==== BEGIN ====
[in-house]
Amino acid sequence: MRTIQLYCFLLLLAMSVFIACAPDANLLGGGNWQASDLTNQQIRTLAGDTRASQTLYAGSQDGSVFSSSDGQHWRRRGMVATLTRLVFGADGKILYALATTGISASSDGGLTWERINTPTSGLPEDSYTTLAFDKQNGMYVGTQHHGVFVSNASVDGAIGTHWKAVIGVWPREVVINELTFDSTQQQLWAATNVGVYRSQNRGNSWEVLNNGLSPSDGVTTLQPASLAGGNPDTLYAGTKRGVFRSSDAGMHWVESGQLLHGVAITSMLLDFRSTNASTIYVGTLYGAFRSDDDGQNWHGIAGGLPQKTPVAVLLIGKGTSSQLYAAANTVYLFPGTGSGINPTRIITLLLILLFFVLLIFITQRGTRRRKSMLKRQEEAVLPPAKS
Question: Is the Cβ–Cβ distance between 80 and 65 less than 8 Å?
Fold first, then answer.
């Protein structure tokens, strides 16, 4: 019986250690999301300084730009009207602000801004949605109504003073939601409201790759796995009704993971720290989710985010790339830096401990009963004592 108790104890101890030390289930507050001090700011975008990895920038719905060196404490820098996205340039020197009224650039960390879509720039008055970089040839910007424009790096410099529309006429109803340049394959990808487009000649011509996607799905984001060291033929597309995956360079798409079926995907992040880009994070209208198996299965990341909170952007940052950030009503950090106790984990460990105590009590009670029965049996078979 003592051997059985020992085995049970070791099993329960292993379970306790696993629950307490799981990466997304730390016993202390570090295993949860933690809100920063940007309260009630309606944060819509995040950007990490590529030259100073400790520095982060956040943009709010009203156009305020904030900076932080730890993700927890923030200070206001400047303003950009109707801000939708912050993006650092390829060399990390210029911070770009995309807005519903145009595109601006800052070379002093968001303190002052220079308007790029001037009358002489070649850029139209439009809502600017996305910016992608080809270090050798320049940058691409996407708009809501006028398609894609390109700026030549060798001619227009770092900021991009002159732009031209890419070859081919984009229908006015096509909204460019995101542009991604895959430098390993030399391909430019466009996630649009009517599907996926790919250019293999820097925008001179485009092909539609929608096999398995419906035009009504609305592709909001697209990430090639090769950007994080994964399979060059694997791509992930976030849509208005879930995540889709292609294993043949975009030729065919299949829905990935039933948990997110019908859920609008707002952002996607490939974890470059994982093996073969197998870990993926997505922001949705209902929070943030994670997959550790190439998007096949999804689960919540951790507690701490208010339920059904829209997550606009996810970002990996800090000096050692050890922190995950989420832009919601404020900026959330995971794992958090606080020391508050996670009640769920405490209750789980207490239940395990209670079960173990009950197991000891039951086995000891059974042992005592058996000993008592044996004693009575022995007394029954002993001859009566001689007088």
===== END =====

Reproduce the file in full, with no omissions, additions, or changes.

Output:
[in-house]
Amino acid sequence: MRTIQLYCFLLLLAMSVFIACAPDANLLGGGNWQASDLTNQQIRTLAGDTRASQTLYAGSQDGSVFSSSDGQHWRRRGMVATLTRLVFGADGKILYALATTGISASSDGGLTWERINTPTSGLPEDSYTTLAFDKQNGMYVGTQHHGVFVSNASVDGAIGTHWKAVIGVWPREVVINELTFDSTQQQLWAATNVGVYRSQNRGNSWEVLNNGLSPSDGVTTLQPASLAGGNPDTLYAGTKRGVFRSSDAGMHWVESGQLLHGVAITSMLLDFRSTNASTIYVGTLYGAFRSDDDGQNWHGIAGGLPQKTPVAVLLIGKGTSSQLYAAANTVYLFPGTGSGINPTRIITLLLILLFFVLLIFITQRGTRRRKSMLKRQEEAVLPPAKS
Question: Is the Cβ–Cβ distance between 80 and 65 less than 8 Å?
Fold first, then answer.
């Protein structure tokens, strides 16, 4: 019986250690999301300084730009009207602000801004949605109504003073939601409201790759796995009704993971720290989710985010790339830096401990009963004592 108790104890101890030390289930507050001090700011975008990895920038719905060196404490820098996205340039020197009224650039960390879509720039008055970089040839910007424009790096410099529309006429109803340049394959990808487009000649011509996607799905984001060291033929597309995956360079798409079926995907992040880009994070209208198996299965990341909170952007940052950030009503950090106790984990460990105590009590009670029965049996078979 003592051997059985020992085995049970070791099993329960292993379970306790696993629950307490799981990466997304730390016993202390570090295993949860933690809100920063940007309260009630309606944060819509995040950007990490590529030259100073400790520095982060956040943009709010009203156009305020904030900076932080730890993700927890923030200070206001400047303003950009109707801000939708912050993006650092390829060399990390210029911070770009995309807005519903145009595109601006800052070379002093968001303190002052220079308007790029001037009358002489070649850029139209439009809502600017996305910016992608080809270090050798320049940058691409996407708009809501006028398609894609390109700026030549060798001619227009770092900021991009002159732009031209890419070859081919984009229908006015096509909204460019995101542009991604895959430098390993030399391909430019466009996630649009009517599907996926790919250019293999820097925008001179485009092909539609929608096999398995419906035009009504609305592709909001697209990430090639090769950007994080994964399979060059694997791509992930976030849509208005879930995540889709292609294993043949975009030729065919299949829905990935039933948990997110019908859920609008707002952002996607490939974890470059994982093996073969197998870990993926997505922001949705209902929070943030994670997959550790190439998007096949999804689960919540951790507690701490208010339920059904829209997550606009996810970002990996800090000096050692050890922190995950989420832009919601404020900026959330995971794992958090606080020391508050996670009640769920405490209750789980207490239940395990209670079960173990009950197991000891039951086995000891059974042992005592058996000993008592044996004693009575022995007394029954002993001859009566001689007088």